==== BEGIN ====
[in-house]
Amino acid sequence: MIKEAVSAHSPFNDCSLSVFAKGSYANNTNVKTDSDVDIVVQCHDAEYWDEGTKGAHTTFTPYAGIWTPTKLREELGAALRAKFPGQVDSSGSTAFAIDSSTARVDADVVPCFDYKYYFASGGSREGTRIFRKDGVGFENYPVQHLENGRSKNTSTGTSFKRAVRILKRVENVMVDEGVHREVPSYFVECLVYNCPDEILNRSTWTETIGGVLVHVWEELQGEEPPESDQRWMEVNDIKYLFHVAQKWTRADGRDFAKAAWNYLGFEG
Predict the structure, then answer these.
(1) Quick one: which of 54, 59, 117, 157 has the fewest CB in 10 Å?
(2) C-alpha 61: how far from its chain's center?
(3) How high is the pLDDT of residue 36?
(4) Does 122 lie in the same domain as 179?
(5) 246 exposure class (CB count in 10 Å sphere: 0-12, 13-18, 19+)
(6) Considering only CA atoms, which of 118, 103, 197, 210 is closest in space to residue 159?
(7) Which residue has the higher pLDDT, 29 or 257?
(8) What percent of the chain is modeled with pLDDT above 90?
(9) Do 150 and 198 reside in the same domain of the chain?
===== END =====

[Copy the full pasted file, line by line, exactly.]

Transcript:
[in-house]
Amino acid sequence: MIKEAVSAHSPFNDCSLSVFAKGSYANNTNVKTDSDVDIVVQCHDAEYWDEGTKGAHTTFTPYAGIWTPTKLREELGAALRAKFPGQVDSSGSTAFAIDSSTARVDADVVPCFDYKYYFASGGSREGTRIFRKDGVGFENYPVQHLENGRSKNTSTGTSFKRAVRILKRVENVMVDEGVHREVPSYFVECLVYNCPDEILNRSTWTETIGGVLVHVWEELQGEEPPESDQRWMEVNDIKYLFHVAQKWTRADGRDFAKAAWNYLGFEG
Predict the structure, then answer these.
(1) Quick one: which of 54, 59, 117, 157 has the fewest CB in 10 Å?
(2) C-alpha 61: how far from its chain's center?
(3) How high is the pLDDT of residue 36?
(4) Does 122 lie in the same domain as 179?
(5) 246 exposure class (CB count in 10 Å sphere: 0-12, 13-18, 19+)
(6) Considering only CA atoms, which of 118, 103, 197, 210 is closest in space to residue 159?
(7) Which residue has the higher pLDDT, 29 or 257?
(8) What percent of the chain is modeled with pLDDT above 90?
(9) Do 150 and 198 reside in the same domain of the chain?